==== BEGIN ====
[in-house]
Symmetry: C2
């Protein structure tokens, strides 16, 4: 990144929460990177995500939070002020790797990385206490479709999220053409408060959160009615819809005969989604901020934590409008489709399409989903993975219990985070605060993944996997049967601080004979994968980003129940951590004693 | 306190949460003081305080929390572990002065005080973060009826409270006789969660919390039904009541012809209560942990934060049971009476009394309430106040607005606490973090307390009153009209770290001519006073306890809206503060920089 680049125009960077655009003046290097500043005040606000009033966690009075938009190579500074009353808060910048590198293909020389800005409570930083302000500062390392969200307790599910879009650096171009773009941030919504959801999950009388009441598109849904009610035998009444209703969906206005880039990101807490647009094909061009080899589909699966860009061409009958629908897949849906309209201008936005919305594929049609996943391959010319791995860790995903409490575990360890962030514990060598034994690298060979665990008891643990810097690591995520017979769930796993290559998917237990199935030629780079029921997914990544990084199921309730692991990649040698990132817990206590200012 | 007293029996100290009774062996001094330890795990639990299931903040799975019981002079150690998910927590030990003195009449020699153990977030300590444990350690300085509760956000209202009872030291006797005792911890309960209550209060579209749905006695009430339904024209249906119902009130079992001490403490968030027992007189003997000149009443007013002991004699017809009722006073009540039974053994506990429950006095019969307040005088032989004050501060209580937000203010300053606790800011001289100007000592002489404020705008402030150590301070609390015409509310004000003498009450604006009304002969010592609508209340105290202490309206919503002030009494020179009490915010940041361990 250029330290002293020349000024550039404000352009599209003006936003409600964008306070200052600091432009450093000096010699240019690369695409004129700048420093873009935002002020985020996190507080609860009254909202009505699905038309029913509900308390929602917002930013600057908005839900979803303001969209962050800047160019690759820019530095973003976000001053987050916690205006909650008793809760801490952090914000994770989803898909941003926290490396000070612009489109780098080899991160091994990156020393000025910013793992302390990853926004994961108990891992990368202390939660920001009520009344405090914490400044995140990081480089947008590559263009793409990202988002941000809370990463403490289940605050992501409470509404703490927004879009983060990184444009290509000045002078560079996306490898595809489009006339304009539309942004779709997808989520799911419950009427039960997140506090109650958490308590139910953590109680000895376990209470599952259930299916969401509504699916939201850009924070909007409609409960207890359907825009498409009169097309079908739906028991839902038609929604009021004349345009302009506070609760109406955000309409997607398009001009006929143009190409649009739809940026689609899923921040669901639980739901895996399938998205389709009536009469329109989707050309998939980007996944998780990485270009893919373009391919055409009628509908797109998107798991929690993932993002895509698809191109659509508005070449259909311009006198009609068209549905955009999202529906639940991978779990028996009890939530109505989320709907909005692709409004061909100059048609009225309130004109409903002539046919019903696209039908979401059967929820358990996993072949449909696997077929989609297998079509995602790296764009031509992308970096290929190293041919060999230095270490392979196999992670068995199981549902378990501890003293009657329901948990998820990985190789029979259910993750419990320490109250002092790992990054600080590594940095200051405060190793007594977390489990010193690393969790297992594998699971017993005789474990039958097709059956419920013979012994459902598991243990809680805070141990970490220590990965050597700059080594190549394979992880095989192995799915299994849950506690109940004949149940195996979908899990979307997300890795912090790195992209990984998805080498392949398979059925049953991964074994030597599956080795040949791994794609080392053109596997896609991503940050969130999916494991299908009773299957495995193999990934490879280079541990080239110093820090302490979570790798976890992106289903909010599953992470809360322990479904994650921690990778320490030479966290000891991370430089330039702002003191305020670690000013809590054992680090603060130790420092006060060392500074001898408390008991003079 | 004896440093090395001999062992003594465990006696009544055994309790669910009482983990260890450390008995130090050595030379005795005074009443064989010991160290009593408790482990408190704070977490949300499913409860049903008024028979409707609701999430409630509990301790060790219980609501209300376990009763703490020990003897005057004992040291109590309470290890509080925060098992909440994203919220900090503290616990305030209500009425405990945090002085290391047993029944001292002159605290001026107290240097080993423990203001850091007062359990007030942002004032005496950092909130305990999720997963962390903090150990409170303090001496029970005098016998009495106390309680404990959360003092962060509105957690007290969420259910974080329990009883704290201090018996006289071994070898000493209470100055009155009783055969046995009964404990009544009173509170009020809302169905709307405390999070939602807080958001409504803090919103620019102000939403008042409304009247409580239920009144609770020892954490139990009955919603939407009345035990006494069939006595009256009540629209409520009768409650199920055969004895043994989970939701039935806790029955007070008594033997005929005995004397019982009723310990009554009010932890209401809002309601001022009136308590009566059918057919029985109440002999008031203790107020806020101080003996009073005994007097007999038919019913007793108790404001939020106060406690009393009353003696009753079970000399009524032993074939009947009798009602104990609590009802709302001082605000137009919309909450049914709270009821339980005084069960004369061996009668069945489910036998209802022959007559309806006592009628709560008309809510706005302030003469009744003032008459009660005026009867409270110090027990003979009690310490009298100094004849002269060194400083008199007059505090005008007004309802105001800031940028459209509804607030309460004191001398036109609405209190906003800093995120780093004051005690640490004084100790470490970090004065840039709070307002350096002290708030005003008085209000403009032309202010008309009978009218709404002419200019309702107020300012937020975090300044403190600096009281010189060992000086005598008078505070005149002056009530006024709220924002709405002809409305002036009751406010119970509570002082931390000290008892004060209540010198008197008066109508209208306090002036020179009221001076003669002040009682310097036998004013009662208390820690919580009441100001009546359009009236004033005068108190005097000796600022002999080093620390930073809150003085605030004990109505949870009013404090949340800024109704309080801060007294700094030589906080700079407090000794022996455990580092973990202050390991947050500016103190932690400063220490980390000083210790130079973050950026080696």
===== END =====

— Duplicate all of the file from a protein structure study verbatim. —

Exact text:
[in-house]
Symmetry: C2
């Protein structure tokens, strides 16, 4: 990144929460990177995500939070002020790797990385206490479709999220053409408060959160009615819809005969989604901020934590409008489709399409989903993975219990985070605060993944996997049967601080004979994968980003129940951590004693 | 306190949460003081305080929390572990002065005080973060009826409270006789969660919390039904009541012809209560942990934060049971009476009394309430106040607005606490973090307390009153009209770290001519006073306890809206503060920089 680049125009960077655009003046290097500043005040606000009033966690009075938009190579500074009353808060910048590198293909020389800005409570930083302000500062390392969200307790599910879009650096171009773009941030919504959801999950009388009441598109849904009610035998009444209703969906206005880039990101807490647009094909061009080899589909699966860009061409009958629908897949849906309209201008936005919305594929049609996943391959010319791995860790995903409490575990360890962030514990060598034994690298060979665990008891643990810097690591995520017979769930796993290559998917237990199935030629780079029921997914990544990084199921309730692991990649040698990132817990206590200012 | 007293029996100290009774062996001094330890795990639990299931903040799975019981002079150690998910927590030990003195009449020699153990977030300590444990350690300085509760956000209202009872030291006797005792911890309960209550209060579209749905006695009430339904024209249906119902009130079992001490403490968030027992007189003997000149009443007013002991004699017809009722006073009540039974053994506990429950006095019969307040005088032989004050501060209580937000203010300053606790800011001289100007000592002489404020705008402030150590301070609390015409509310004000003498009450604006009304002969010592609508209340105290202490309206919503002030009494020179009490915010940041361990 250029330290002293020349000024550039404000352009599209003006936003409600964008306070200052600091432009450093000096010699240019690369695409004129700048420093873009935002002020985020996190507080609860009254909202009505699905038309029913509900308390929602917002930013600057908005839900979803303001969209962050800047160019690759820019530095973003976000001053987050916690205006909650008793809760801490952090914000994770989803898909941003926290490396000070612009489109780098080899991160091994990156020393000025910013793992302390990853926004994961108990891992990368202390939660920001009520009344405090914490400044995140990081480089947008590559263009793409990202988002941000809370990463403490289940605050992501409470509404703490927004879009983060990184444009290509000045002078560079996306490898595809489009006339304009539309942004779709997808989520799911419950009427039960997140506090109650958490308590139910953590109680000895376990209470599952259930299916969401509504699916939201850009924070909007409609409960207890359907825009498409009169097309079908739906028991839902038609929604009021004349345009302009506070609760109406955000309409997607398009001009006929143009190409649009739809940026689609899923921040669901639980739901895996399938998205389709009536009469329109989707050309998939980007996944998780990485270009893919373009391919055409009628509908797109998107798991929690993932993002895509698809191109659509508005070449259909311009006198009609068209549905955009999202529906639940991978779990028996009890939530109505989320709907909005692709409004061909100059048609009225309130004109409903002539046919019903696209039908979401059967929820358990996993072949449909696997077929989609297998079509995602790296764009031509992308970096290929190293041919060999230095270490392979196999992670068995199981549902378990501890003293009657329901948990998820990985190789029979259910993750419990320490109250002092790992990054600080590594940095200051405060190793007594977390489990010193690393969790297992594998699971017993005789474990039958097709059956419920013979012994459902598991243990809680805070141990970490220590990965050597700059080594190549394979992880095989192995799915299994849950506690109940004949149940195996979908899990979307997300890795912090790195992209990984998805080498392949398979059925049953991964074994030597599956080795040949791994794609080392053109596997896609991503940050969130999916494991299908009773299957495995193999990934490879280079541990080239110093820090302490979570790798976890992106289903909010599953992470809360322990479904994650921690990778320490030479966290000891991370430089330039702002003191305020670690000013809590054992680090603060130790420092006060060392500074001898408390008991003079 | 004896440093090395001999062992003594465990006696009544055994309790669910009482983990260890450390008995130090050595030379005795005074009443064989010991160290009593408790482990408190704070977490949300499913409860049903008024028979409707609701999430409630509990301790060790219980609501209300376990009763703490020990003897005057004992040291109590309470290890509080925060098992909440994203919220900090503290616990305030209500009425405990945090002085290391047993029944001292002159605290001026107290240097080993423990203001850091007062359990007030942002004032005496950092909130305990999720997963962390903090150990409170303090001496029970005098016998009495106390309680404990959360003092962060509105957690007290969420259910974080329990009883704290201090018996006289071994070898000493209470100055009155009783055969046995009964404990009544009173509170009020809302169905709307405390999070939602807080958001409504803090919103620019102000939403008042409304009247409580239920009144609770020892954490139990009955919603939407009345035990006494069939006595009256009540629209409520009768409650199920055969004895043994989970939701039935806790029955007070008594033997005929005995004397019982009723310990009554009010932890209401809002309601001022009136308590009566059918057919029985109440002999008031203790107020806020101080003996009073005994007097007999038919019913007793108790404001939020106060406690009393009353003696009753079970000399009524032993074939009947009798009602104990609590009802709302001082605000137009919309909450049914709270009821339980005084069960004369061996009668069945489910036998209802022959007559309806006592009628709560008309809510706005302030003469009744003032008459009660005026009867409270110090027990003979009690310490009298100094004849002269060194400083008199007059505090005008007004309802105001800031940028459209509804607030309460004191001398036109609405209190906003800093995120780093004051005690640490004084100790470490970090004065840039709070307002350096002290708030005003008085209000403009032309202010008309009978009218709404002419200019309702107020300012937020975090300044403190600096009281010189060992000086005598008078505070005149002056009530006024709220924002709405002809409305002036009751406010119970509570002082931390000290008892004060209540010198008197008066109508209208306090002036020179009221001076003669002040009682310097036998004013009662208390820690919580009441100001009546359009009236004033005068108190005097000796600022002999080093620390930073809150003085605030004990109505949870009013404090949340800024109704309080801060007294700094030589906080700079407090000794022996455990580092973990202050390991947050500016103190932690400063220490980390000083210790130079973050950026080696």